What Grades of Stainless Steel Resist Oxidation at What Temperatures?

In Sheet Metal Fabrication, Stainless Steel Baskets

Andy Ratner on October 30, 2013

 

Maryland metal
304 Stainless being cut for Marlin Steel

Manufacturing engineers looking for stainless steel products want to know what type of stainless resists corrosion at different temperatures.

Stainless steel is not technically unable to stain or rust. Under low oxygen or high salinity (saltwater), it’s susceptible to corrosion. Various grades of stainless react differently, based on their chemical composition – how much carbon, chromium or nickel they contain. The chromium in stainless steel forms a film that blocks oxygen from corroding the steel surface. The result is “passivation,” which means the material is passive, not so active, when confronted by substances like air and water.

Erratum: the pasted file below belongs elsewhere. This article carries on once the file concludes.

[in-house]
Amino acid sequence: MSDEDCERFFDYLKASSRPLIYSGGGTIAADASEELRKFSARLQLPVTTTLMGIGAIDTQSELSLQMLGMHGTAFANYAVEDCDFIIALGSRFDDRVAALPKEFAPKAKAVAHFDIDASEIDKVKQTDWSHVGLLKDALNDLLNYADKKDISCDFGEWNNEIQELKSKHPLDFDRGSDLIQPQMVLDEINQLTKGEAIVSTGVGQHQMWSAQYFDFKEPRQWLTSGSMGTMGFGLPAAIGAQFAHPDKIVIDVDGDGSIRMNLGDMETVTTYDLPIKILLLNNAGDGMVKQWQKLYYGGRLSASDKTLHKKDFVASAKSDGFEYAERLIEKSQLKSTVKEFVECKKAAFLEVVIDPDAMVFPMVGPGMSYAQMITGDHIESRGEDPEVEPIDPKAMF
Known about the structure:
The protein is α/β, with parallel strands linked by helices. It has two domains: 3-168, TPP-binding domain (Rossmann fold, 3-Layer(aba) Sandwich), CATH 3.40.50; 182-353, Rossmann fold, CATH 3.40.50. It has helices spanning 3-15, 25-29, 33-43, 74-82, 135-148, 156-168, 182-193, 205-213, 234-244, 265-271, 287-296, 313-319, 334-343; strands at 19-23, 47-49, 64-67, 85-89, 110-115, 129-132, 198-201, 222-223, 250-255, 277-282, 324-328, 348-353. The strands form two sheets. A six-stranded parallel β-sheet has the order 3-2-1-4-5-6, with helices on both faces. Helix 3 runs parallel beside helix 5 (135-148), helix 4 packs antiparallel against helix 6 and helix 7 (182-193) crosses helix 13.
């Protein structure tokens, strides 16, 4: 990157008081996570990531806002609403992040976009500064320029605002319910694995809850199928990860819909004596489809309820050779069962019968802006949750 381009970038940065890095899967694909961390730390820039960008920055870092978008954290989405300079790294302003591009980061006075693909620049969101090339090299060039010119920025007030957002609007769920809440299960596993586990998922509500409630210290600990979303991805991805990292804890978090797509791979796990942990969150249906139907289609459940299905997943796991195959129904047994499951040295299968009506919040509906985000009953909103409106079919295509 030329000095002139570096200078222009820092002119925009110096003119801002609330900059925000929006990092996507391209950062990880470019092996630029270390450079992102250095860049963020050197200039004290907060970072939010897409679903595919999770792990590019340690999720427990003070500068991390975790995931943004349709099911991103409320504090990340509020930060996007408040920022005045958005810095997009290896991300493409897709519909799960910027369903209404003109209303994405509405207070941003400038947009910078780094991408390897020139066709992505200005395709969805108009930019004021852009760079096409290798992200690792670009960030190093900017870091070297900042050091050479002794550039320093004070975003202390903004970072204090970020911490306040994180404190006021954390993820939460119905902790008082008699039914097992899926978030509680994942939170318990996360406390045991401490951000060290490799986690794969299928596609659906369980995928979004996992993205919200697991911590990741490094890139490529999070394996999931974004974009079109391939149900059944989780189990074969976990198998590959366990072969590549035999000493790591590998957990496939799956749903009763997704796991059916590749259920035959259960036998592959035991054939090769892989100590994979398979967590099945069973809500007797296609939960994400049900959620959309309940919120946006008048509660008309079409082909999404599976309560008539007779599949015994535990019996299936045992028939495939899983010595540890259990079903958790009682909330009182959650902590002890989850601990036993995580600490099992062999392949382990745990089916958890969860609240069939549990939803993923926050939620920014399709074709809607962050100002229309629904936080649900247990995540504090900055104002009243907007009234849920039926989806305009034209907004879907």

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Temperature, fluids and stress on the structure can all spur corrosion. According to the McNally Institute website, the rate of corrosion attack doubles with every 18 F (10°C) rise in temperature. That can be caused by friction between parts as well.

The following table from ASM (American Society for Metals) shows the approximate maximum service temperatures at which various grades of stainless resist oxidation in dry air. The temperatures depend on the actual environmental conditions; in some instances, even lower temperatures will result in oxide scaling.

GRADE INTERMITTENT (°C) CONTINUOUS (°C)
304 870 925
309 980 1095
310 1035 1150
316 870 925
321 870 925
410 815 705
416 760 675
420 735 620
430 870 815
2111HTR 1150 1150

Table Credit: ASM Metals Handbook

Author: Andy Ratner
Andy Ratner

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